The Male-Centric Culture of Gaming

February 19, 2011 at 12:18 pm 2 comments

Change the verb “game” to “program,” and “gamer” to “hacker” in the quote below, and I think that this could almost be a transcript from Margolis and Fisher’s Unlocking the Clubhouse. Recall that Margolis and Fisher found that many of the factors that drove away women from CS at CMU were cultural and social, e.g. the male-dominated geek culture, and the bravado of showing-off knowledge in classroom questions.  Maybe it’s for the same reason that so few females take game design and programming classes?  Maybe it’s not about the technical content, or even about games, but about game culture?  As MMPORGs become increasingly dominant, the social aspect of games may become the most visible, especially to women.  It that culture is not welcoming to women, that would be a disincentive to take more classes in the field.

Who I am talking to are the guys in between, and there’s a whole swath of them. They’re the guys who claim they have no problem with “girls who game” but seem to have a problem with “girl gamers.” They’re the ones who probably wouldn’t seem to have an issue with women in their everyday lives but if one shows up on the game server, all rules of normal social decorum go out the window.

I’ve said it before and I’ll say it again: stop assuming that women who game are trying to be this Girl Gamer you keep getting hung up on. There is no such thing.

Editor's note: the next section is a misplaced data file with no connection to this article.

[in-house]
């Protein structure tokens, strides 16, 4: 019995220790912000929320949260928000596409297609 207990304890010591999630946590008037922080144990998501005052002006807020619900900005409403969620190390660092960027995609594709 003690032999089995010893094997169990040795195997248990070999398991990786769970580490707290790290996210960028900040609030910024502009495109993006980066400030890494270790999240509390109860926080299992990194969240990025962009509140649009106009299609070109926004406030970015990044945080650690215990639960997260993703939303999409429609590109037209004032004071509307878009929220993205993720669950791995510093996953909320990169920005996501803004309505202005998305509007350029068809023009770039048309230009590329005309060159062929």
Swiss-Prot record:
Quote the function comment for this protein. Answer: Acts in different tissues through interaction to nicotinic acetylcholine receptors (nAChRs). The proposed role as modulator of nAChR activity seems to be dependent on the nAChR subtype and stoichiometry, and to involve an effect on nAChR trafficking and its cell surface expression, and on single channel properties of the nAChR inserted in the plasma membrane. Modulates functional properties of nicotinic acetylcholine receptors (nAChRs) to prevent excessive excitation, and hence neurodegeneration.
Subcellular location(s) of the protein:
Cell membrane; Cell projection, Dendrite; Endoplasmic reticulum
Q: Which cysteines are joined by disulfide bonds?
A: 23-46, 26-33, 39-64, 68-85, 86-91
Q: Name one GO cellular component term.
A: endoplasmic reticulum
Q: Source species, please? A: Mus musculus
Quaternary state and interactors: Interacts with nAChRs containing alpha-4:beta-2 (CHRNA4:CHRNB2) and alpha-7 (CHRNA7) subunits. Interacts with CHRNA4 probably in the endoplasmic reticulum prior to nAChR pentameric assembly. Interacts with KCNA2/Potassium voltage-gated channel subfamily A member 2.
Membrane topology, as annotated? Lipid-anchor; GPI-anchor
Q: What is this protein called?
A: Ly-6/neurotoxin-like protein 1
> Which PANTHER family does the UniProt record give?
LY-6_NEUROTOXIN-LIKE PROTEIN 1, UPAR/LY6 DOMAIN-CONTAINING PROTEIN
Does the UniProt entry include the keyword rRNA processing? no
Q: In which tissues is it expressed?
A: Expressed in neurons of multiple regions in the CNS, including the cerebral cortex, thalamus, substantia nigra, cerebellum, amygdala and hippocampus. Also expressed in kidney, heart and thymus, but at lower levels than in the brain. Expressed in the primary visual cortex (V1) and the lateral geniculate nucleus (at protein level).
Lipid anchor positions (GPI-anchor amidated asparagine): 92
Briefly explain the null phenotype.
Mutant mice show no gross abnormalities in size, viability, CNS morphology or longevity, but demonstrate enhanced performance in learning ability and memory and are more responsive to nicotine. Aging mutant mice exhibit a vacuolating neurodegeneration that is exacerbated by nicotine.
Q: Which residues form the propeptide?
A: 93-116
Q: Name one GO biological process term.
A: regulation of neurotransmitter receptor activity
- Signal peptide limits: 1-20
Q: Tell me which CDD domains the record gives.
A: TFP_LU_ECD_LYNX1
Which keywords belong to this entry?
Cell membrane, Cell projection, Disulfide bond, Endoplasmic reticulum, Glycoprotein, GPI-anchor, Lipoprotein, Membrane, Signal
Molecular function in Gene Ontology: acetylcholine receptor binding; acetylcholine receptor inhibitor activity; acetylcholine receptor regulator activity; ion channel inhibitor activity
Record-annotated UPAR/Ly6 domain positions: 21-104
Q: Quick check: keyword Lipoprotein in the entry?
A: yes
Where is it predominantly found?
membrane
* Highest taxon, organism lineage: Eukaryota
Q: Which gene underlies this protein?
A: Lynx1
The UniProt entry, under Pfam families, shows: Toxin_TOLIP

First of all, when I ask guys like you what you mean by “trying to be a girl gamer,” the definitions are ambiguous and sketchy. “They talk a lot and act all cute.” “They’re too chatty, they just want attention.” “They…you know, act like girls.”

via The Glorious Grazers » Blog Archive » There Is No Such Thing As A Girl Gamer.

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2 Comments Add your own

  • 1. Alfred Thompson  |  February 19, 2011 at 1:04 pm

    There may be some boys who never grow out of the “girls are icky” stage who also gravatate to the sorts of games we associate with these boys – first person shooters and other macho violent games. I think we run into problems when we think of that as being what games are all about. We know that some 40% of online game players are female with middle aged women being a huge part of that. But of course they play very different games. And they do tend to be more social and less combative online.
    For CS education it may be a problem for us to focus, or perhaps allow some males, to drag us into creating games that do not appeal to as wide and diverse an audience. Games that focus more on mind puzzles, social good, educational topics or maybe just anything that isn’t sex and violence may help create a more open environment.

  • 2. iTec | The culture of gaming  |  February 19, 2011 at 10:45 pm

    […] The culture of gaming by asettle 19. February 2011 16:34 Mark Guzdial has another must-read blog entry: […]


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